Japanese Artists With Foreign Names 1984-2004

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When trying to describe the characteristics of a national culture, one of the main problems is that these characteristics — held by some to be essential and unchanging — are always in flux. For example, take a look at the top ten Japanese music artists of 1989 vs. those of 1999 from the Oricon singles chart:

1989
1. 光GENJI
2. 光GENJI
3. 光GENJI
4. 男闘呼組
5. 長渕 剛
6. 工藤静香
7. 光GENJI
8. 氷室京介
9. 中山美穂
10. 久保田利伸
1998
1. GLAY
2. SMAP
3. SPEED
4. BLACK BISCUITS
5. GLAY
6. Kiroro
7. ラルク・アン・シエル
8. KinKi Kids
9. Every Little Thing
10. KinKi Kids

If you take a look at these charts over time, there is a sharp rise in the number of artists using vaguely Western words (or even Japanese words written in Western script) and foreign words written in katakana that coincides almost exactly with the growth of the total market. And now in the current market decline, “foreign” names artists are leveling off, and artists using four-kanji Japanese names are floating back up to the top. To illustrate this, I graphed the rise of artists with foreign names with the number of units moved of the #1 single.

(The pink line is the number of artists using foreign-worded names. The blue line indicates the units sold of the #1 single.)

Now, I think this is a bit of a spurious correlation. The adoption of foreign artist names had little direct impact on the music market explosion. However, I think it’s clear that “Western” words became more and more popular as Japanese consumer habits went “international” in the very late ’80s/early ’90s, and production companies moved to foreign-sounding names to cash in on that trend. Also, groups — rather than solo artists — have always tended to take Western names (even back in the ’60s with The Tigers or in the ’70s with Pink Lady), and the ’90s music market showed strong sales from bands and dance units, not just individual singers. Because of the enka tradition, however, there has been a strong, latent market in Japan for solo artists, and the artists in that style will most likely take on Japanese names. As ’90s-type artists become less popular and the market shrinks overall, those old-style singers are breaking back into the charts by default.

Overall, the foreign name trend does seem to be in a bit of decline, perhaps because consumers are embracing their own “Japaneseness” or they have less interest in international culture. Johnny’s hit groups used to have Japanese names — like 光GENJI or 男闘呼組 or 忍者 — but then in the ’90s, they started taking on romanized names like SMAP, KinKi Kids, and V6. Now they’re back to things like 嵐, but also NEWS. An equilibrium position?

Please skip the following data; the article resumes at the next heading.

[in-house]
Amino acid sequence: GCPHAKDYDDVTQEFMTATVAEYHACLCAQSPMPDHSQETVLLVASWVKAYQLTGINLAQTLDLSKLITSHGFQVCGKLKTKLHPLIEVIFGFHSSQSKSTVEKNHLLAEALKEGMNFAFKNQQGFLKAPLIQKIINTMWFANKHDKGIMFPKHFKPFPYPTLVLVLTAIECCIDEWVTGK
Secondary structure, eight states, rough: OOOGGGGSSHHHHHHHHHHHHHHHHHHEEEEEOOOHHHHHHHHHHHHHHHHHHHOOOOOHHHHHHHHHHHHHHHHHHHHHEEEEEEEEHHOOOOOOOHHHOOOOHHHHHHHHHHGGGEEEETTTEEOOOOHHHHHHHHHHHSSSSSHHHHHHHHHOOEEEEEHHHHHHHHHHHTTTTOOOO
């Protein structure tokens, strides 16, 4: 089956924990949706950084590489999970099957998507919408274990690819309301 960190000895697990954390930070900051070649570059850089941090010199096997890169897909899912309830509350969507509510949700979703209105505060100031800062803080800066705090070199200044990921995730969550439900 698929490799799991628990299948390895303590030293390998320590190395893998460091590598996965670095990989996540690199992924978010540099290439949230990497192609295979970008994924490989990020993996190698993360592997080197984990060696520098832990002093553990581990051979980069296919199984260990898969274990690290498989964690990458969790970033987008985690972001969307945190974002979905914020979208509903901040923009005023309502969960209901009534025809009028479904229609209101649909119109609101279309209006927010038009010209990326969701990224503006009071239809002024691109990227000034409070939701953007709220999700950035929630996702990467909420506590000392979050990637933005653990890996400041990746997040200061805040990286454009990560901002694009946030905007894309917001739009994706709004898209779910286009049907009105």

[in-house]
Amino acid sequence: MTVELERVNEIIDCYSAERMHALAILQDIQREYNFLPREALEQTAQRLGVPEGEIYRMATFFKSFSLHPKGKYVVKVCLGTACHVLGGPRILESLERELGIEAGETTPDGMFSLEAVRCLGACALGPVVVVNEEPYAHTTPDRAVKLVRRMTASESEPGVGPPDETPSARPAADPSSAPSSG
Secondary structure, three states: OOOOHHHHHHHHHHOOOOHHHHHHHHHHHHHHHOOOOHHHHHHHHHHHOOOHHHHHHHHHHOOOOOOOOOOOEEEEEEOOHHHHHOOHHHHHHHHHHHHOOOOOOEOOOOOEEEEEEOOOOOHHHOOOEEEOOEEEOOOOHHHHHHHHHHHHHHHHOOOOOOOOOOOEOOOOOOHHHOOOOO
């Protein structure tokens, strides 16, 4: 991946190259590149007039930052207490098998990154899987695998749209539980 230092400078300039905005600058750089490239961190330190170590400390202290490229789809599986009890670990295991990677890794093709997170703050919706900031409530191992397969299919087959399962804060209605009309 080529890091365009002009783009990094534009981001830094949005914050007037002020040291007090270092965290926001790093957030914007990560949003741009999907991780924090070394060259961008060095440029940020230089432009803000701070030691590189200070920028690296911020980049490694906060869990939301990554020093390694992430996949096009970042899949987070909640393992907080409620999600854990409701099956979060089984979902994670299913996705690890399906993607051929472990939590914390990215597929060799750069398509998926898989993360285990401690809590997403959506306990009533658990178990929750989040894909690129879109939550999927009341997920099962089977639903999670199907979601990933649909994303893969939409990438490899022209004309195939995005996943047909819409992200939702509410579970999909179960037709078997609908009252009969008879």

W. David MARX (Marxy)
August 26, 2005

Marxy wrote a lot of essays back on his old site Néomarxisme. This is one of them.

14 Responses

  1. r. Says:

    you should really be working for AVEX tracks as some kind of corp. spy.

  2. Chris_B Says:

    I like enka

  3. Jrim Says:

    Bless, you’re such a sociologist. I demand more cod-scientific analyses in this blog, and I demand them now.

    Oh, and Chris_B – I actually kinda like enka, too. Damned if I know why, but I think it might be because it’s got “soul”, dig?

  4. trevor Says:

    this is the most boring post in internet history!!

  5. Julien Crix Says:

    for god’s sake man, take it easy….

    (nice colors on the graph though)

  6. nate Says:

    not to nitpick…
    what do you mean “top ten japanese music artists”? The artists behind the top ten singles of the year? (in sales?)

    Makes things sorta hard to suss out.

    Also, how do the sales of the top single compare to overall sales, or combined sales of those top ten singles? not an objection, just curiosity.

  7. nate Says:

    oh sheesh. Reading it again, I guess it sorta says as much. Had trouble with the wording still, but now it is only nitpicking.

  8. channing Says:

    Sweetass graph my demon

  9. Chris_B Says:

    in any case this is an interesting observation

  10. Carl Says:

    Can you use excel to figure out the significance of correlation on that graph? Is it in the general range of being accepted as statistically valid or not?

  11. alin Says:

    This is nice. Pure data in all its beauty. I like this. A lot.

  12. Dave Says:

    What I enjoy most about this is that the more the music scene changed, the more it was the same. What factor remained the same over the ten years? A shitload of sales by Johnnys.

    (Disclosure: Once upon a time, back in my misled high school years, I bought a TRF album, issued by one of Johnny’s competitors.)

    It looks like you finished your Oricon marathon – I’m curious to see what you do with the data next. One thing that might be interesting to see would be the level of concentration – what share of all music listened to / bought / consumed comes out of the top few bands/jumusho/labels ? Has that changed over time?

  13. Antonin Says:

    best post of the day !!

  14. porandojin Says:

    yeah, the diagram looks beautiful